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Seychelles, an archipelago of 155 islands in the Indian Ocean, had confirmed 24,788 cases of severe acute respiratory syndrome coronavirus 2 (SARS-CoV-2) by the 31st of December 2021. The first SARS-CoV-2 cases in Seychelles were reported on the 14th of March 2020, but cases remained low until January 2021, when a surge was observed. Here, we investigated the potential drivers of the surge by genomic analysis of 1056 SARS-CoV-2 positive samples collected in Seychelles between 14 March 2020 and 31 December 2021. The Seychelles genomes were classified into 32 Pango lineages, 1042 of which fell within four variants of concern, i.e., Alpha, Beta, Delta and Omicron. Sporadic cases of SARS-CoV-2 detected in Seychelles in 2020 were mainly of lineage B.1 (lineage predominantly observed in Europe) but this lineage was rapidly replaced by Beta variant starting January 2021, and which was also subsequently replaced by the Delta variant in May 2021 that dominated till November 2021 when Omicron cases were identified. Using the ancestral state reconstruction approach, we estimated that at least 78 independent SARS-CoV-2 introduction events occurred in Seychelles during the study period. The majority of viral introductions into Seychelles occurred in 2021, despite substantial COVID-19 restrictions in place during this period. We conclude that the surge of SARS-CoV-2 cases in Seychelles in January 2021 was primarily due to the introduction of more transmissible SARS-CoV-2 variants into the islands.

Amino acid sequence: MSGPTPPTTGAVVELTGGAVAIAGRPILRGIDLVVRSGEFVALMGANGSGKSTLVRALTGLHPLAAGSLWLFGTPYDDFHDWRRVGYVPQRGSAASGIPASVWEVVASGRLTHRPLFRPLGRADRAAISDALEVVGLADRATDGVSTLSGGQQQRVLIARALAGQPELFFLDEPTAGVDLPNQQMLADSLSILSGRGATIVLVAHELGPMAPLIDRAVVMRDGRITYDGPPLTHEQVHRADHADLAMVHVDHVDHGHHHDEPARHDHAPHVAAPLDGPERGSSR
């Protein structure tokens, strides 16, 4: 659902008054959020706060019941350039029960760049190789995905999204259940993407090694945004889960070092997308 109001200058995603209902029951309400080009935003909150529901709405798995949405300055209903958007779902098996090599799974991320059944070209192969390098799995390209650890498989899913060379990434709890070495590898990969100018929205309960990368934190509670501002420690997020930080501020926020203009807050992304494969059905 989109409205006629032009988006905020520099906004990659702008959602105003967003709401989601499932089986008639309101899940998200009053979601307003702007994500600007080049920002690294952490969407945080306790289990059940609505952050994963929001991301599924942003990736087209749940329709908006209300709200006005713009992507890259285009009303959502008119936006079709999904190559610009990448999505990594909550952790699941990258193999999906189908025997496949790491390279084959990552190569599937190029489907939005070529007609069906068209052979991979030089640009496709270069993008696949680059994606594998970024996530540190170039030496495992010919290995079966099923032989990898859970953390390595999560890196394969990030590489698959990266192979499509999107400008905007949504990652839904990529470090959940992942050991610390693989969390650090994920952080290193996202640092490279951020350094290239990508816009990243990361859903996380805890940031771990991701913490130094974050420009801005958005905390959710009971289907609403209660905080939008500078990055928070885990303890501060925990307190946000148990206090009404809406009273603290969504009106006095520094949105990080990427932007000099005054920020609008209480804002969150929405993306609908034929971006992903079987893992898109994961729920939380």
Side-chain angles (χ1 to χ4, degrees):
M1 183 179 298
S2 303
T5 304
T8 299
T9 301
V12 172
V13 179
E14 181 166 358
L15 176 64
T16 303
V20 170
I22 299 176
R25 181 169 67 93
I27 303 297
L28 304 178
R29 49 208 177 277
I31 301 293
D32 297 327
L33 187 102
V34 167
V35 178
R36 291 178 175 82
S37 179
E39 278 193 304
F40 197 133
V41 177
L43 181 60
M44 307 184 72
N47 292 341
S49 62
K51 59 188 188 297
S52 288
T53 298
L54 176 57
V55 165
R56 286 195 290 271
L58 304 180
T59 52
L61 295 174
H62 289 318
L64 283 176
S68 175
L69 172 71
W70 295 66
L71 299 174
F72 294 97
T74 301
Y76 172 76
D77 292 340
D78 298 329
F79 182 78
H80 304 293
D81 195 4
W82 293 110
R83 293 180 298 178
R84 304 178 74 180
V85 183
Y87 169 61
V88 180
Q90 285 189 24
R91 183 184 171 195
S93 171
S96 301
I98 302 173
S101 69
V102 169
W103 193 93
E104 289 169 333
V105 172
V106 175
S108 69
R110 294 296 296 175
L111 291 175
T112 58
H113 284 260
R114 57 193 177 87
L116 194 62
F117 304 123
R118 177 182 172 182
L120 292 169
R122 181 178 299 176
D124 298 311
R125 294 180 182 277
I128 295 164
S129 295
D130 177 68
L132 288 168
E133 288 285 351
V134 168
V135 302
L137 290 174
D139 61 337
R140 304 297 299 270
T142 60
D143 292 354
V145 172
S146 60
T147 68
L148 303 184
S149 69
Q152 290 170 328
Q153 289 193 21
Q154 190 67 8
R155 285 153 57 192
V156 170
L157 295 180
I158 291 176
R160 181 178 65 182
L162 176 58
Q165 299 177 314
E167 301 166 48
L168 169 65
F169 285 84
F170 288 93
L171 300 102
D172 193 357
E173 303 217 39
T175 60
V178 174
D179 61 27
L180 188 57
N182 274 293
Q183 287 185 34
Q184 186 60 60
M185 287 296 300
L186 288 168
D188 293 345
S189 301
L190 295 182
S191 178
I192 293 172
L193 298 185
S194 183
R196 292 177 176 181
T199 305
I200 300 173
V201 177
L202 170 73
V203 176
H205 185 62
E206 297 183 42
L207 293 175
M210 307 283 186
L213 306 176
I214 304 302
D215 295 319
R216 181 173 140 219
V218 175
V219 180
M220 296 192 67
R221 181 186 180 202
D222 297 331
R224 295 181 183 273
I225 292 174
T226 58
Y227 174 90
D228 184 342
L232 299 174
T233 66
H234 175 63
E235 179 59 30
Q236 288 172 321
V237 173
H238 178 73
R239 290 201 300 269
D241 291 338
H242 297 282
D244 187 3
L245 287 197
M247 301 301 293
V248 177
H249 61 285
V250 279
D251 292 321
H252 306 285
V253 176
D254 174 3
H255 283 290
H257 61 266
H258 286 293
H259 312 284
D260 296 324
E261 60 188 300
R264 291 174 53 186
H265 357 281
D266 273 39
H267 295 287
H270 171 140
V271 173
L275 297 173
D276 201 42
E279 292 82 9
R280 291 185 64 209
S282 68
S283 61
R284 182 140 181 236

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Kenya Medical Research Institute-Wellcome Trust Research Programme (KWTRP), Kilifi P.O. Box 230-80108, Kenya.


Humans, Genomics, Seychelles, COVID-19, SARS-CoV-2